Note that the HIV-positive people who were in clinical trials of fostemsavir tended to be weak with severe immune deficiency. On average, people had CD4+ counts below the 100 cells/mm3 mark. Such people could have low-grade complications and infections that accompany a low CD4+ cell count.
2. Uncommon side effects
Some people in the clinical trials of fostemsavir reported the following:
- difficulty falling asleep and/or staying asleep
- weakness and/or tiredness
- itchy skin
If any of these issues occur and are persistent or bothersome, speak to your doctor.
Some drugs (including prescribed and over-the-counter), herbs and supplements can interfere with the absorption and/or effectiveness of fostemsavir. Such interference is called a drug interaction. Some drugs and herbs can reduce the levels of fostemsavir in your blood. This can make fostemsavir less effective and lead to treatment failure, reducing your future treatment options. Other drugs can raise the levels of fostemsavir in your blood, resulting in enhanced side effects or new side effects. Therefore, it is important to disclose to your doctor and pharmacist all the supplements, drugs and herbs you are taking.
This fact sheet is not comprehensive and only lists some of the potential and actual drug interactions with fostemsavir. Speak to your pharmacist to find out more about drug interactions with fostemsavir.
Not to be used
ViiV recommends that the following drugs should not be used by people taking fostemsavir:
- antibiotics – rifampin
- anticancer drugs – mitotane
- anti-seizure drugs – carbamazepine, phenytoin
- for treatment of prostate cancer – enzalutamide (Xtandi)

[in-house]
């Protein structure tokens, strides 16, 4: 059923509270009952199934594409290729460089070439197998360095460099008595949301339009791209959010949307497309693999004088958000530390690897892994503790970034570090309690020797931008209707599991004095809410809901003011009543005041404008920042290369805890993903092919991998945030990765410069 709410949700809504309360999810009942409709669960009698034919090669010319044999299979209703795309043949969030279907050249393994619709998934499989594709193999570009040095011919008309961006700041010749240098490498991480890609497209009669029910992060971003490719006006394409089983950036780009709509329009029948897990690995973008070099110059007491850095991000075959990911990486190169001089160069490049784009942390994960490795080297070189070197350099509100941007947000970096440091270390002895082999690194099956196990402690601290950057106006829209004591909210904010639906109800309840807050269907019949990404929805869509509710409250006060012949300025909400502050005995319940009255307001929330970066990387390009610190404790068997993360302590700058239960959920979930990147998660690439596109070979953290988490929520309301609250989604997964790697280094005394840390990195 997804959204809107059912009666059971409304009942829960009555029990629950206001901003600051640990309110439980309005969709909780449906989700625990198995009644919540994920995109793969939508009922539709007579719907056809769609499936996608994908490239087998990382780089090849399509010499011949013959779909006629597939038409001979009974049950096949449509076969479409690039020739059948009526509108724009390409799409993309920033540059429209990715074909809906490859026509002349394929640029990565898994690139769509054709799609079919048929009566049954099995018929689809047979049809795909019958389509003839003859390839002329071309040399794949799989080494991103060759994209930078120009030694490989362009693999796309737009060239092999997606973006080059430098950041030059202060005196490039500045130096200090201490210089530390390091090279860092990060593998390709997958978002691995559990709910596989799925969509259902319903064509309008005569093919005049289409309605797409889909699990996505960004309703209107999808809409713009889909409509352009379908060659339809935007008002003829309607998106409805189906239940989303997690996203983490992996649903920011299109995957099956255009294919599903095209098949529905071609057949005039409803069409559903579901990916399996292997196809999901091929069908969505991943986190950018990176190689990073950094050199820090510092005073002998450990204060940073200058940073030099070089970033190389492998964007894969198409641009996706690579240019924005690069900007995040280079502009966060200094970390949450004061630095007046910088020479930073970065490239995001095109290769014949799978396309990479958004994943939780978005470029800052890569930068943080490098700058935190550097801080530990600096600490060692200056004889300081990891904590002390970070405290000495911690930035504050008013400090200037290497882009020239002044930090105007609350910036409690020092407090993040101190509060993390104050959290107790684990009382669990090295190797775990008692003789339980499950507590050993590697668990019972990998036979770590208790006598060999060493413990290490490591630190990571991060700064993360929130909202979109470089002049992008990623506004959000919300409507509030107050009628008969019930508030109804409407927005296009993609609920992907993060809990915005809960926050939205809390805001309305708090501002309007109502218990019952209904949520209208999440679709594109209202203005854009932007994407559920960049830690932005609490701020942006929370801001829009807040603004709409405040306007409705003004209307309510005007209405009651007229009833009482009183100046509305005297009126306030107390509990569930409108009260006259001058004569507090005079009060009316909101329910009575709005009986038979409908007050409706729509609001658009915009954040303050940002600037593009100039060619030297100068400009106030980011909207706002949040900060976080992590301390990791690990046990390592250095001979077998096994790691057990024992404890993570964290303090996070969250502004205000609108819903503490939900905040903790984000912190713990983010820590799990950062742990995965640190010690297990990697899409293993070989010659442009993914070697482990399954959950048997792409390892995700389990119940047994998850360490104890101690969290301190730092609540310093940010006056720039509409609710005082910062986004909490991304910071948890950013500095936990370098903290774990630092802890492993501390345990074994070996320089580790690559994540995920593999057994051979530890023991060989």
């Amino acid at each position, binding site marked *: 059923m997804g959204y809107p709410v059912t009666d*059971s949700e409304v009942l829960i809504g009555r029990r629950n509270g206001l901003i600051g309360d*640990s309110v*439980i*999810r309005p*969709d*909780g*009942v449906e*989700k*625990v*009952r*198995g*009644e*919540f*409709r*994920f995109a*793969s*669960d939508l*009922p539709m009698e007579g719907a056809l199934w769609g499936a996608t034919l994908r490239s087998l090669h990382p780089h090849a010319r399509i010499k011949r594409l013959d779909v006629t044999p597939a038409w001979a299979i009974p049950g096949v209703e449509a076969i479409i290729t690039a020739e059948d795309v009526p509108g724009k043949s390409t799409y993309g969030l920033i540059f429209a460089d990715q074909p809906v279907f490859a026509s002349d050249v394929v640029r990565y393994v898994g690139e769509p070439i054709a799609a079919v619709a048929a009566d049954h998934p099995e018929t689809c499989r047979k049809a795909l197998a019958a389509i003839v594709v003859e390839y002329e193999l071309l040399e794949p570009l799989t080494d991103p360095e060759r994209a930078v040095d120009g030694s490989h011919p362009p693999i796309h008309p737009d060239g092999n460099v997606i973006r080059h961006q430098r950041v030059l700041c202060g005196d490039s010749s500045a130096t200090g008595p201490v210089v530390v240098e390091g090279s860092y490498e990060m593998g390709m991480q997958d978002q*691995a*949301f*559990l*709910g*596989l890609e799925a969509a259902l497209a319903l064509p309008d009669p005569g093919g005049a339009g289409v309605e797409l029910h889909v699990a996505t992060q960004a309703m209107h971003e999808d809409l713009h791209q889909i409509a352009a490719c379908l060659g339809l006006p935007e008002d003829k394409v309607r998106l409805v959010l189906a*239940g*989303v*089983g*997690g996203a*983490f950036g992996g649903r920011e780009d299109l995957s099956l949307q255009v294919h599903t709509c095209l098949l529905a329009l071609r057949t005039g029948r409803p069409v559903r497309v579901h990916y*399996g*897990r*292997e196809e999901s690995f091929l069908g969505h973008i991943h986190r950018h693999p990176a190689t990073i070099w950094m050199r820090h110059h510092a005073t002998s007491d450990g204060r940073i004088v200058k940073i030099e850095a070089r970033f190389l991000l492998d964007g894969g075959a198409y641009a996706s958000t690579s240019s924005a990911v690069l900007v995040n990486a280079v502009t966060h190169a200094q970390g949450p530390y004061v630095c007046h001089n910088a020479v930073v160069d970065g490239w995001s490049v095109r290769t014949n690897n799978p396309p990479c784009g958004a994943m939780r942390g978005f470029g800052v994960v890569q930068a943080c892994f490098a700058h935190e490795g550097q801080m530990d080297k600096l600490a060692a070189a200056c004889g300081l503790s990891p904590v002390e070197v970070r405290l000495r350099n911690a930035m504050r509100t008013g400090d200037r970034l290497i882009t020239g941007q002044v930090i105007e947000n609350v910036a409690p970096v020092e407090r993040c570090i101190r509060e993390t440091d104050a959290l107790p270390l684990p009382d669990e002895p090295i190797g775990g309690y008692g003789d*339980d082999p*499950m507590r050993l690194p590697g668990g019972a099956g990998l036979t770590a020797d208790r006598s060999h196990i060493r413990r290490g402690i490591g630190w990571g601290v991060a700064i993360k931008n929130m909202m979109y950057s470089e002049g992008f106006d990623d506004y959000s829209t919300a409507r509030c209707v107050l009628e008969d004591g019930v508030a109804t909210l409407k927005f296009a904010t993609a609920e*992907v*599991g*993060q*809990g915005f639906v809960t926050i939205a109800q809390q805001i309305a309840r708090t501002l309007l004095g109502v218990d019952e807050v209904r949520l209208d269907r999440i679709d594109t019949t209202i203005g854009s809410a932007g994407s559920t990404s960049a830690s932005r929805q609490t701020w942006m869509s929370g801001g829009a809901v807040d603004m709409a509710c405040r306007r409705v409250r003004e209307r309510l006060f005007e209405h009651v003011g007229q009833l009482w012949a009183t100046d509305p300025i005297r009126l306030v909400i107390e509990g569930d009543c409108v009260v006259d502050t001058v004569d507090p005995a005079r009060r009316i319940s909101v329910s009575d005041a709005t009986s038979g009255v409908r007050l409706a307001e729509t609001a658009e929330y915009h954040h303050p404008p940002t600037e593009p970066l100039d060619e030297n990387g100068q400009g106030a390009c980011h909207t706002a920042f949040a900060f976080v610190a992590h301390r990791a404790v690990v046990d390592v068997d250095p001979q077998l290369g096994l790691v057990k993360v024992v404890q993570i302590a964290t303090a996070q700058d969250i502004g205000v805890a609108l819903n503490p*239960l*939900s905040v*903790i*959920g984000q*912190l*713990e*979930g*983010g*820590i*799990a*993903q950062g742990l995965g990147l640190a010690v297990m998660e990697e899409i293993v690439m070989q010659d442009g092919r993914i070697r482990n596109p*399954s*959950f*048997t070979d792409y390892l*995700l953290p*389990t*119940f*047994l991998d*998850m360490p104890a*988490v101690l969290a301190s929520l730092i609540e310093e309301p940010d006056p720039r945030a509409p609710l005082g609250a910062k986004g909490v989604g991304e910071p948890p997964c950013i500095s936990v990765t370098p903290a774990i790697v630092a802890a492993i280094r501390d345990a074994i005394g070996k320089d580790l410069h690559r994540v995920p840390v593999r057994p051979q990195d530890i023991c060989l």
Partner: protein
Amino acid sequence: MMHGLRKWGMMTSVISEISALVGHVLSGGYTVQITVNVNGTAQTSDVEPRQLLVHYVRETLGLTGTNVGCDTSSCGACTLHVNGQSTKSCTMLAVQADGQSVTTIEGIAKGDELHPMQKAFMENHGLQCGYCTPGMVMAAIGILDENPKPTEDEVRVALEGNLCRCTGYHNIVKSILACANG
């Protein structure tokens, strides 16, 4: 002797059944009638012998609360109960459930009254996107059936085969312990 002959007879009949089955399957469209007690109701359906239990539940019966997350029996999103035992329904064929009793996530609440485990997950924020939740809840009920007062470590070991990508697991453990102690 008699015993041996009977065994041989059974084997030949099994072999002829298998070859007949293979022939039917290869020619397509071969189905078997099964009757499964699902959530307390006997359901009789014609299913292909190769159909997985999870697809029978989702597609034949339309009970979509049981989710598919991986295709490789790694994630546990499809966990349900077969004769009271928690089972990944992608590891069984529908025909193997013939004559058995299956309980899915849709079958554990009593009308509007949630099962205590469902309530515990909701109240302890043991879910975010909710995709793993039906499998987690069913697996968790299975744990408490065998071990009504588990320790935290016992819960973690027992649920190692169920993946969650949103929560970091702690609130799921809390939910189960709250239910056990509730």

- the herb St. John’s wort or its extracts including hypericin and hyperforin
Resistance and cross-resistance
Over time, as new copies of HIV are made in the body, the virus changes its structure. These changes, called mutations, can cause HIV to resist the effects of anti-HIV drugs, which means those drugs will no longer work for you.
To reduce the risk of developing drug resistance, all anti-HIV drugs should be taken every day exactly as prescribed and directed. If doses are delayed, missed or not taken as prescribed, the level of fostemsavir and other medicines in the blood may fall too low. If this happens, the HIV in your body can become resistant to the medication. If you find you are having problems taking your medications as directed, speak to your doctor, nurse or pharmacist about this. They can find ways to help you.
When HIV becomes resistant to one drug in a class, it sometimes becomes resistant to other drugs in that class. This is called cross-resistance. Feel free to talk with your doctor about your current and future treatment options. To help you decide what these future options might be, at some point your doctor can have a small sample of your blood analyzed to test for resistance.
Fostemsavir is supplied as film-coated tablets. Each tablet contains 600 mg of fostemsavir. This is taken twice daily with or without food. If you forget to take a dose, ViiV recommends the following:
- Take it as soon as you remember.
- Do NOT take a double dose (two doses close together).
Fostemsavir is licensed in Canada for the treatment of multidrug-resistant HIV infection in adults. Fostemsavir is meant to be used as part of HIV combination treatment (ART). Your doctor or pharmacist can tell you more about the availability and coverage of fostemsavir in your region. CATIE’s online module Federal, Provincial and Territorial Drug Access Programs also contains information about Canadian drug coverage.
- ViiV Healthcare Canada. Fostemsavir extended-release tablets. Product Monograph. 1 October 2021.
- Grant PM, Kozal MJ. Fostemsavir: a first-in-class HIV-1 attachment inhibitor. Current Opinion in HIV/AIDS. 2022 Jan 1;17(1):32-35.
- Seval N, Frank C, Kozal M. Fostemsavir for the treatment of HIV. Expert Review of Anti-infective Therapy. 2021 Aug;19(8):961-966.
- Kozal M, Aberg J, Pialoux G, et al. Fostemsavir in adults with multidrug-resistant HIV-1 infection. New England Journal of Medicine. 2020 Mar 26;382(13):1232-1243.
- Moore K, Thakkar N, Magee M, et al. Pharmacokinetics of temsavir, the active moiety of the HIV-1 attachment inhibitor prodrug, fostemsavir, coadministered with cobicistat, etravirine, darunavir/cobicistat, or darunavir/ritonavir with or without etravirine in healthy participants. Antimicrobial Agents and Chemotherapy. 2022; in press.
Author: Hosein SR